Big Parades, Missing This Year, Always Make Me Cry


It was going strong for more than 35 years, then the Wellington Holiday Parade fell victim to the virus pandemic, just like so many other fun traditions. It’s OK. It saves me a good cry.

I always cry at parades, and I don’t know if I’m alone on that. It’s such a big event for so many people.

The spectators enjoy the pageantry of it.

The participants enjoy the opportunity of it.

And everyone enjoys the tradition of it. For many, it signals the true start of the holiday season.

When I’m watching a parade, I like to hone-in on one or two faces in every group. I l-o-v-e watching the high school drummers, for instance. Not only are they thumping away like mad, often with real showmanship, but they have to heft these gigantic bass drums around. Or some teenager will have a set of four snare drums hanging off his neck. The faces of those kids say a lot. They know the whole band is relying on the precision of their work.

Then there are the twirlers. I try to be fair here, and take a glimpse at everyone, but who can resist the tiniest of those baton twirlers? Barely out of diapers, they are now expected to walk for a mile or so in a scratchy tutu, not only carrying a baton, but twirling it. Most of them can only make it about a block. That’s why twirler moms are often pulling wagons — and the wagons aren’t empty for long.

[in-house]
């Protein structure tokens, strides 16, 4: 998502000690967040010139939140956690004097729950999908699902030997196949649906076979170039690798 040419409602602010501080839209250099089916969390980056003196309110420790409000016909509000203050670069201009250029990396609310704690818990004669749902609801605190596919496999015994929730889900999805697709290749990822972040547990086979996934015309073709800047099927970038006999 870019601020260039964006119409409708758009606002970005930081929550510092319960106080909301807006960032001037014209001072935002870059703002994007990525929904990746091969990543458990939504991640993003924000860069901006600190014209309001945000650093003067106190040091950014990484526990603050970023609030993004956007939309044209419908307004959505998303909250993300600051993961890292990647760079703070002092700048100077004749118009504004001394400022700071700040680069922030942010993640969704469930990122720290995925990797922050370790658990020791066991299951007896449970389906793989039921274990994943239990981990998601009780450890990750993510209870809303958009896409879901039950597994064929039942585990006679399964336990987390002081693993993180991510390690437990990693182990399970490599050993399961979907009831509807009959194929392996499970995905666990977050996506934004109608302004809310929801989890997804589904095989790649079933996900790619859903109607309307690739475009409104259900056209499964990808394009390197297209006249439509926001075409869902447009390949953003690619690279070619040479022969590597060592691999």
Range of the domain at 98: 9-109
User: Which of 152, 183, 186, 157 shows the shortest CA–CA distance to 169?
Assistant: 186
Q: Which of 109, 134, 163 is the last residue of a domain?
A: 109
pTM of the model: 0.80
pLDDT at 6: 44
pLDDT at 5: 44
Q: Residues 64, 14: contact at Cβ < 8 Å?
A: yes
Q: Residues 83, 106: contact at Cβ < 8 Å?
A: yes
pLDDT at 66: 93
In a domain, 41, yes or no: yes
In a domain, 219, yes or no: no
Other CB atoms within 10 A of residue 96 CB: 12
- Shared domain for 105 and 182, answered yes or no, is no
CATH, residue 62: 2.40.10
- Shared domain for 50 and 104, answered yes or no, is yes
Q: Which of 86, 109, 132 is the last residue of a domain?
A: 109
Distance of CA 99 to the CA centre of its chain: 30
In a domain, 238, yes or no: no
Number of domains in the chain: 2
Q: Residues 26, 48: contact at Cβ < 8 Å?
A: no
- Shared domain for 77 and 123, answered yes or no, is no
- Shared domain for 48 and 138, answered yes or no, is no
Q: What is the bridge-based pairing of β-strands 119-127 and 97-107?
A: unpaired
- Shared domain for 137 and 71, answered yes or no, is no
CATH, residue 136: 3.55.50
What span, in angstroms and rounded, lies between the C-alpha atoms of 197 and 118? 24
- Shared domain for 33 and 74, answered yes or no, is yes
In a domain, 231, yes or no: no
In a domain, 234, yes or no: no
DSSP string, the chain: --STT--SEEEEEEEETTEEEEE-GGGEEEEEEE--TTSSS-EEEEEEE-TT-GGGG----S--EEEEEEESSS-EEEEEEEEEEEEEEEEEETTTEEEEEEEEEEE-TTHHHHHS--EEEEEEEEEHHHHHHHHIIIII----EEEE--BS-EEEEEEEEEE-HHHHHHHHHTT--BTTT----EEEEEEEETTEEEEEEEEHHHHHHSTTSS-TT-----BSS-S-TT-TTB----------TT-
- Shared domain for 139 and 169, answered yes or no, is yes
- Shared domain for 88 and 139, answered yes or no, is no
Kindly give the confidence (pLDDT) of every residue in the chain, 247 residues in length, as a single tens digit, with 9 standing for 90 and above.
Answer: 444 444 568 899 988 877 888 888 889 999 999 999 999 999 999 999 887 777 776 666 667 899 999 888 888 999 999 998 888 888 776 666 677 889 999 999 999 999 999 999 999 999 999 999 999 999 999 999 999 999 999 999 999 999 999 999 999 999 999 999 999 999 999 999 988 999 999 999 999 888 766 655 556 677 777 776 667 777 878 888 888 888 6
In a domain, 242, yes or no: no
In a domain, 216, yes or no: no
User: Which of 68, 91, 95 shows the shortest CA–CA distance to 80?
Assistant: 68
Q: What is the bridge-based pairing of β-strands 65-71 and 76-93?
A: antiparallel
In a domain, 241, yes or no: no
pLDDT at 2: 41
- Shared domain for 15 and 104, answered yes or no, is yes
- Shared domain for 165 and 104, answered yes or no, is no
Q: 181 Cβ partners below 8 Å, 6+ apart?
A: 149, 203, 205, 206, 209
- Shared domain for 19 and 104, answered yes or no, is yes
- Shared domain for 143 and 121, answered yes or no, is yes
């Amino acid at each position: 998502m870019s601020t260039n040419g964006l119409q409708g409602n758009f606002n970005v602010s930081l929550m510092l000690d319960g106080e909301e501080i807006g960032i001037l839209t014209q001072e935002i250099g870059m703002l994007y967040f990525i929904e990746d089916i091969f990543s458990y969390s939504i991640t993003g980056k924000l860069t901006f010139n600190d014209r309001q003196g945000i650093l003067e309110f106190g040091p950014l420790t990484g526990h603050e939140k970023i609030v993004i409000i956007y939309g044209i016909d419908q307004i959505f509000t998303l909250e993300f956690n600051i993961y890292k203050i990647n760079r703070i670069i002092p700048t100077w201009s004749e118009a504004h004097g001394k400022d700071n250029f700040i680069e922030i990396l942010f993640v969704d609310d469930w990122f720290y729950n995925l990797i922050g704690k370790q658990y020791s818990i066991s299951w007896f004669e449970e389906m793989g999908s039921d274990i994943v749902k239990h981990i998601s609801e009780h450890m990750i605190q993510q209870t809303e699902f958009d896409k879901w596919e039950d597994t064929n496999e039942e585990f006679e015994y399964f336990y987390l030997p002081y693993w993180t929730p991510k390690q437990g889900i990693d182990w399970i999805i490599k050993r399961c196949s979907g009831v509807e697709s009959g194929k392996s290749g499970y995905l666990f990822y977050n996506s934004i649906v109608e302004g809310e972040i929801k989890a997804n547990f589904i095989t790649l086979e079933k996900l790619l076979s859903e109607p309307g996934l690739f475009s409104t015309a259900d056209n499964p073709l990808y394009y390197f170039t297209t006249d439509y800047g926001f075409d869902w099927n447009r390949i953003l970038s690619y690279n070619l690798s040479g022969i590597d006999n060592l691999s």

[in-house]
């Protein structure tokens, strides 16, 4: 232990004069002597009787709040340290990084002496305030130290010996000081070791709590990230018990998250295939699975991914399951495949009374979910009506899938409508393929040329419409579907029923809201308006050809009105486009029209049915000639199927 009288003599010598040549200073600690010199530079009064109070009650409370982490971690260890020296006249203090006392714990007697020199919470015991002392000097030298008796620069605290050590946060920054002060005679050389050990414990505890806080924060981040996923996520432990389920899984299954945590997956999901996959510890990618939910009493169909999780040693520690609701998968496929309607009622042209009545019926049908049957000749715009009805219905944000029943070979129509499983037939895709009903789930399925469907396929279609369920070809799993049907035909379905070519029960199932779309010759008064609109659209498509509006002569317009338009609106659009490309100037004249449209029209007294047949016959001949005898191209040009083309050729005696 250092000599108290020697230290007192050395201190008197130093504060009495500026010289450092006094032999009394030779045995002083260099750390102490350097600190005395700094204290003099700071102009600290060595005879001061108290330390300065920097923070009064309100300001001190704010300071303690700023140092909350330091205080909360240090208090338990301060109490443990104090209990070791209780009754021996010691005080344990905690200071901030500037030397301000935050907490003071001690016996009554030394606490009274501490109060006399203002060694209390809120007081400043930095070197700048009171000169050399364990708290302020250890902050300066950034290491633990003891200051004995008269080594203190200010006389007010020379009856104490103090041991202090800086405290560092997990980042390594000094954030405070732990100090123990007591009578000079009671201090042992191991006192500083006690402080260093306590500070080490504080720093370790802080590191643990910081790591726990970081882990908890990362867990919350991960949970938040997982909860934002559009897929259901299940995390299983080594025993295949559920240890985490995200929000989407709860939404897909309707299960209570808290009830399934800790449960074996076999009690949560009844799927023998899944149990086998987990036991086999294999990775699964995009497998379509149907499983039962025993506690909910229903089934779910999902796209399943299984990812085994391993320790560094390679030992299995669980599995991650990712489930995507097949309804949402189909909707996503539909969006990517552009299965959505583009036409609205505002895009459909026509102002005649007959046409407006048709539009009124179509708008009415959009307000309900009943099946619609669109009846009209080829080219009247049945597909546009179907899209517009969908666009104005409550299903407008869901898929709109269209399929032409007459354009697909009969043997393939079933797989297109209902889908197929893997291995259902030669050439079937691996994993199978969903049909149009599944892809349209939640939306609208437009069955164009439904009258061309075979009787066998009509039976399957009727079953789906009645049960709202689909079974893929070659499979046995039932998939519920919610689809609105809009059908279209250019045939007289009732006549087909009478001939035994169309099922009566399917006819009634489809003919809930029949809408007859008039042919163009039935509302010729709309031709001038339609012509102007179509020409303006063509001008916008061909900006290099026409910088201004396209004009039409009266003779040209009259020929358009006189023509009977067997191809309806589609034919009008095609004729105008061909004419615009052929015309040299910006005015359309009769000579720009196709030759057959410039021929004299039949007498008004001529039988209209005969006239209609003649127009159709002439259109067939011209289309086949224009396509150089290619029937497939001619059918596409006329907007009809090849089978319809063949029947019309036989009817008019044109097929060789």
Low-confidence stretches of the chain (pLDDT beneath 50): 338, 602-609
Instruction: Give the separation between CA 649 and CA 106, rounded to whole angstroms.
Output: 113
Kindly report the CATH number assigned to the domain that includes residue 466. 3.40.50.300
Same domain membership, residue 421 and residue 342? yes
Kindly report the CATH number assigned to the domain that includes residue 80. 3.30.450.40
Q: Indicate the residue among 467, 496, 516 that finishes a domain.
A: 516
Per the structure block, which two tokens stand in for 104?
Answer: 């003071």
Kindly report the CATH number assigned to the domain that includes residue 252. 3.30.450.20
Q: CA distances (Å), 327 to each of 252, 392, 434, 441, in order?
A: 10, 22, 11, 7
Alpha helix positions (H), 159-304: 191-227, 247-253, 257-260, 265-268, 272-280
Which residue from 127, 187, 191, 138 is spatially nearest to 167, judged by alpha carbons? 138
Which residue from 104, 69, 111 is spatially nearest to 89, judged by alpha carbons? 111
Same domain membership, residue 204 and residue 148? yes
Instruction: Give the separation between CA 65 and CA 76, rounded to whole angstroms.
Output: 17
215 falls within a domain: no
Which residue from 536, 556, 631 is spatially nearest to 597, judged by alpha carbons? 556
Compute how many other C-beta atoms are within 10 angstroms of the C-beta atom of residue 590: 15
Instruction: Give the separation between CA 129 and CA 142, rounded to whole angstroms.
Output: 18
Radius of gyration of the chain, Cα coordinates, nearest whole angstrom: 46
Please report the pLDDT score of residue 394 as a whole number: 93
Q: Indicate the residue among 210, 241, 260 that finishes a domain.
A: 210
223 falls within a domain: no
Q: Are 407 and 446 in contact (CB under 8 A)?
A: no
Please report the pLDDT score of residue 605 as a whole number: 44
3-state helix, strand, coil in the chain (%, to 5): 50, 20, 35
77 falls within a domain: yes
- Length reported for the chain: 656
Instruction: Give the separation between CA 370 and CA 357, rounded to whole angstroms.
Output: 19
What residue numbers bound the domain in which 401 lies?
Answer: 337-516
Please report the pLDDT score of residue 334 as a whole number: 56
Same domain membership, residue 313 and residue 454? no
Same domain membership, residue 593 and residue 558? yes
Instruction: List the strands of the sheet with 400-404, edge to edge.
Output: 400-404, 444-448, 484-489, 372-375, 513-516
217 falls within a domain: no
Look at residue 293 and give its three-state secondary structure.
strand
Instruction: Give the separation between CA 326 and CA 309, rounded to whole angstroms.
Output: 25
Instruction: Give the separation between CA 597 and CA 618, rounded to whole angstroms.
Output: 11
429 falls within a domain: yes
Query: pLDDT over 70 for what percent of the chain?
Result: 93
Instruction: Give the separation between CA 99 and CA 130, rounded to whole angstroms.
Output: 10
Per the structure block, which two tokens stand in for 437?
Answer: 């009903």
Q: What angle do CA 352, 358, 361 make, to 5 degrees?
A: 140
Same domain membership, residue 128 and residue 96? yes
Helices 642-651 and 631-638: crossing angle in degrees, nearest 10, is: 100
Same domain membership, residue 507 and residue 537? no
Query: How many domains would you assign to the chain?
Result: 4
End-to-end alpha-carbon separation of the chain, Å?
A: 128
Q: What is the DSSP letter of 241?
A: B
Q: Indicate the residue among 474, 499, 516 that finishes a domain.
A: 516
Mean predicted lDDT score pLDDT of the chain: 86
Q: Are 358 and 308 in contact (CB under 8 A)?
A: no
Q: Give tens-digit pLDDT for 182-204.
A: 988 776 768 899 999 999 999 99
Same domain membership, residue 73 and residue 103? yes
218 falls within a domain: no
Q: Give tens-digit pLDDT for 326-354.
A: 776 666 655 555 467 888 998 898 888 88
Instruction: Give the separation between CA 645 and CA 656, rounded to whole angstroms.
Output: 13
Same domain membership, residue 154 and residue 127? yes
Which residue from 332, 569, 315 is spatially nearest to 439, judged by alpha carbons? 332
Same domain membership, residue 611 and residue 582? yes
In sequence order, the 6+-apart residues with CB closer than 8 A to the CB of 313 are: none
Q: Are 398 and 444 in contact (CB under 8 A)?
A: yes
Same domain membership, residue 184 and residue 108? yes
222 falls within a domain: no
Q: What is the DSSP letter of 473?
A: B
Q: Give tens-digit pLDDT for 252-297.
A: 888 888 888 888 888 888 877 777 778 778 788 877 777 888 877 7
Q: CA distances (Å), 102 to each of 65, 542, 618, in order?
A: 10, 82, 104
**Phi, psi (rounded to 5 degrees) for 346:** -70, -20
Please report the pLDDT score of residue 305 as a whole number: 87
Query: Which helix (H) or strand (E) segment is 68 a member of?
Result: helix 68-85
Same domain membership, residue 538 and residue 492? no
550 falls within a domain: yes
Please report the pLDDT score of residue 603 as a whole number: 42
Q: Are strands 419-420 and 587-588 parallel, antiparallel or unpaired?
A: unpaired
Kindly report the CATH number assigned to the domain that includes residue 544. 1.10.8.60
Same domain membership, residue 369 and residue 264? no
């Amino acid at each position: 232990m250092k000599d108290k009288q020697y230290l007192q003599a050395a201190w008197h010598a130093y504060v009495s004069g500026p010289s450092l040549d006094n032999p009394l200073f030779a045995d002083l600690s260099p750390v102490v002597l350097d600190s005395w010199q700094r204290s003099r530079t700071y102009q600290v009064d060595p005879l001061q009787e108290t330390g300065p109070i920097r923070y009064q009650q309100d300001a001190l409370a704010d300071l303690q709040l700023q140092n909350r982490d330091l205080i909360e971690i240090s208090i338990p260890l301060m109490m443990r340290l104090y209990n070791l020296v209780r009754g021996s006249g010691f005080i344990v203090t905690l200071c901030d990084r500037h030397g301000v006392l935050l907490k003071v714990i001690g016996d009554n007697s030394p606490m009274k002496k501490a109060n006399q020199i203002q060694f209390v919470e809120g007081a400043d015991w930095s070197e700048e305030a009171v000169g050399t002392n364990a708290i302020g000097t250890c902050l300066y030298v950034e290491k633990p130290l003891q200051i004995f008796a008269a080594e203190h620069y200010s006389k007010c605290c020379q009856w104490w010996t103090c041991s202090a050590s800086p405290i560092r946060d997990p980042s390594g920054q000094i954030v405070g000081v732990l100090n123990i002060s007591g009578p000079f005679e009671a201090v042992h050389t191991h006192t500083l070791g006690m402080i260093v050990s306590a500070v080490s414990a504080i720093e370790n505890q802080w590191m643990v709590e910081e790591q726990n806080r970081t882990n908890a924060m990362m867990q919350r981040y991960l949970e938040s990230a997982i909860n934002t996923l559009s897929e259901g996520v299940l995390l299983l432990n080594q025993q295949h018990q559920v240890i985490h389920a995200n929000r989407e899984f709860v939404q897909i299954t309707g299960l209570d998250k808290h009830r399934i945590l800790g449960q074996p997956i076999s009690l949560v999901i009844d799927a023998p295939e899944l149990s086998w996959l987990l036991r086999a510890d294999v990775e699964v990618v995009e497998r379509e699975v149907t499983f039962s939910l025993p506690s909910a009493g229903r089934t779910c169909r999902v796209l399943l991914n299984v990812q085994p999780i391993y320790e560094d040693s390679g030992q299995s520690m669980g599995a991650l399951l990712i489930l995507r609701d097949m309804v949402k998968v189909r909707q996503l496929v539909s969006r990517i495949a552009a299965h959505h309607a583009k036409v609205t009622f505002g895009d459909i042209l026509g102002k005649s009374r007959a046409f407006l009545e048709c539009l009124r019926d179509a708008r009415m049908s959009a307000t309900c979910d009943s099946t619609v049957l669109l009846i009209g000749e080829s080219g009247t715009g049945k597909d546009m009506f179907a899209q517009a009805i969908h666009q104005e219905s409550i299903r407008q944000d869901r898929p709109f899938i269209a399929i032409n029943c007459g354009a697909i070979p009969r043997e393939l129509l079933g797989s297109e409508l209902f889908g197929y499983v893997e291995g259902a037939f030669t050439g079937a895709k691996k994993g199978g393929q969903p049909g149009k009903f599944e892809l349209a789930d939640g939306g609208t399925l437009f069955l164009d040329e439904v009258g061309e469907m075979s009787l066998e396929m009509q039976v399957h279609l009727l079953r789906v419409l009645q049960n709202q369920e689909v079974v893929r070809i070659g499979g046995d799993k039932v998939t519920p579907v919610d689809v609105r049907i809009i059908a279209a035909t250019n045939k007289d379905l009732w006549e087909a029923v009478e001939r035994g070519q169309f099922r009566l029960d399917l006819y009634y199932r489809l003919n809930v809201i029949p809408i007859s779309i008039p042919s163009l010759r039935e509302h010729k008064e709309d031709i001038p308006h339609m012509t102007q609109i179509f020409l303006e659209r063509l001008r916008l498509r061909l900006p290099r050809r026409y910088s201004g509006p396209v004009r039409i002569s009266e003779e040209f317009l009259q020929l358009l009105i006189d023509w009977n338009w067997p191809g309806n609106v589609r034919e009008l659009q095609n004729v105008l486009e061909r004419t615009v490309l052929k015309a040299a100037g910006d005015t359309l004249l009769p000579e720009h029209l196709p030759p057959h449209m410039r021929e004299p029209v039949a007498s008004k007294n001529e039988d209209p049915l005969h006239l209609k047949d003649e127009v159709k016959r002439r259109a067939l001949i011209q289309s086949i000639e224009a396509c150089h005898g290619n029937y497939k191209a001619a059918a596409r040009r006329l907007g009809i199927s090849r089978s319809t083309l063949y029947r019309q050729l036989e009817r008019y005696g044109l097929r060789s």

Some parades ban commercial floats, but I like them. Any company willing to spend the time and money necessary to convert a regular old truck into something that captivates children has my vote and, often, my business. Their hearts are in the right place. And for floats created by kids themselves — yippee! Good job! I love what you did!

As for the scouts, the Sunday school groups, the bike-riders — it seems like there are more of you every year, and to that, I say, “Great! Bring it! Entertain us! I’m happy you cared enough to get off the couch. You’re making memories for both of us.”

Speaking of memories, when I was in my high school band, we always marched down Wisconsin Avenue in the Christmas parade. One year, during “parade rest,” the heel of my shoe wedged itself down into the viaduct over the Milwaukee River, but I didn’t know it.

When the drum major blew his whistle three times, it was time to step off, but my shoe wasn’t going anywhere. A normal kid would’ve bent down and jerked it loose, but my dad was a Marine (Semper fi!), and I knew that one did not mess up the whole regiment with one’s petty problems.

So, I stepped out of the shoe (it was only about 22 degrees out) and stayed in formation, marching down the street in one shoe, one sock. I figured I’d go back after the parade and maybe it would still be there. If not, well, it was a small price to pay for uniformity.

By the next parade rest, my sock was a cold, wet and a filthy mess. Nonetheless, I was happy to stuff it back into my shoe when some kind stranger broke in and handed it to me. Looking straight ahead, I muttered, “Thank you,” assuming that the stranger was probably another former Marine. When our band passed by him, he probably saw the errant shoe, and it wasn’t exactly difficult to figure out to whom it belonged.

Problem solved, and I did not lose a toe to frostbite during Sousa’s “Washington Post March” after all.

Parades are full of fun memories like that — for everybody! So, yet another thing I am looking forward to in 2021 are the parades. I plan to go to every single one.